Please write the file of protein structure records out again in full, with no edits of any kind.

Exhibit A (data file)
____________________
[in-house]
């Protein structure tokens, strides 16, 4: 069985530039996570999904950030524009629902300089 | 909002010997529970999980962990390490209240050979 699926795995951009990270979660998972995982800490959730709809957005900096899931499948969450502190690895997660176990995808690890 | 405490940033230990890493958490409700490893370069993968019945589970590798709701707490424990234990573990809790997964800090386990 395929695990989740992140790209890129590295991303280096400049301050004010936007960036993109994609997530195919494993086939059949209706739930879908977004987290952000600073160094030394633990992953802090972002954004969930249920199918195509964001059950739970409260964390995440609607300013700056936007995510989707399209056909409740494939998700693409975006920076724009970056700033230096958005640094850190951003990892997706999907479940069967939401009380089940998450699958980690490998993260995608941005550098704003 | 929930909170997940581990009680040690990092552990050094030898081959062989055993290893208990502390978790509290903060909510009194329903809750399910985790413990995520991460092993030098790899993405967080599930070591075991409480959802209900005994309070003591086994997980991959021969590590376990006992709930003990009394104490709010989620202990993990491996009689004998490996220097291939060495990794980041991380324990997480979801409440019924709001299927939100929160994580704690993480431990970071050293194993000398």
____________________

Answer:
[in-house]
């Protein structure tokens, strides 16, 4: 069985530039996570999904950030524009629902300089 | 909002010997529970999980962990390490209240050979 699926795995951009990270979660998972995982800490959730709809957005900096899931499948969450502190690895997660176990995808690890 | 405490940033230990890493958490409700490893370069993968019945589970590798709701707490424990234990573990809790997964800090386990 395929695990989740992140790209890129590295991303280096400049301050004010936007960036993109994609997530195919494993086939059949209706739930879908977004987290952000600073160094030394633990992953802090972002954004969930249920199918195509964001059950739970409260964390995440609607300013700056936007995510989707399209056909409740494939998700693409975006920076724009970056700033230096958005640094850190951003990892997706999907479940069967939401009380089940998450699958980690490998993260995608941005550098704003 | 929930909170997940581990009680040690990092552990050094030898081959062989055993290893208990502390978790509290903060909510009194329903809750399910985790413990995520991460092993030098790899993405967080599930070591075991409480959802209900005994309070003591086994997980991959021969590590376990006992709930003990009394104490709010989620202990993990491996009689004998490996220097291939060495990794980041991380324990997480979801409440019924709001299927939100929160994580704690993480431990970071050293194993000398």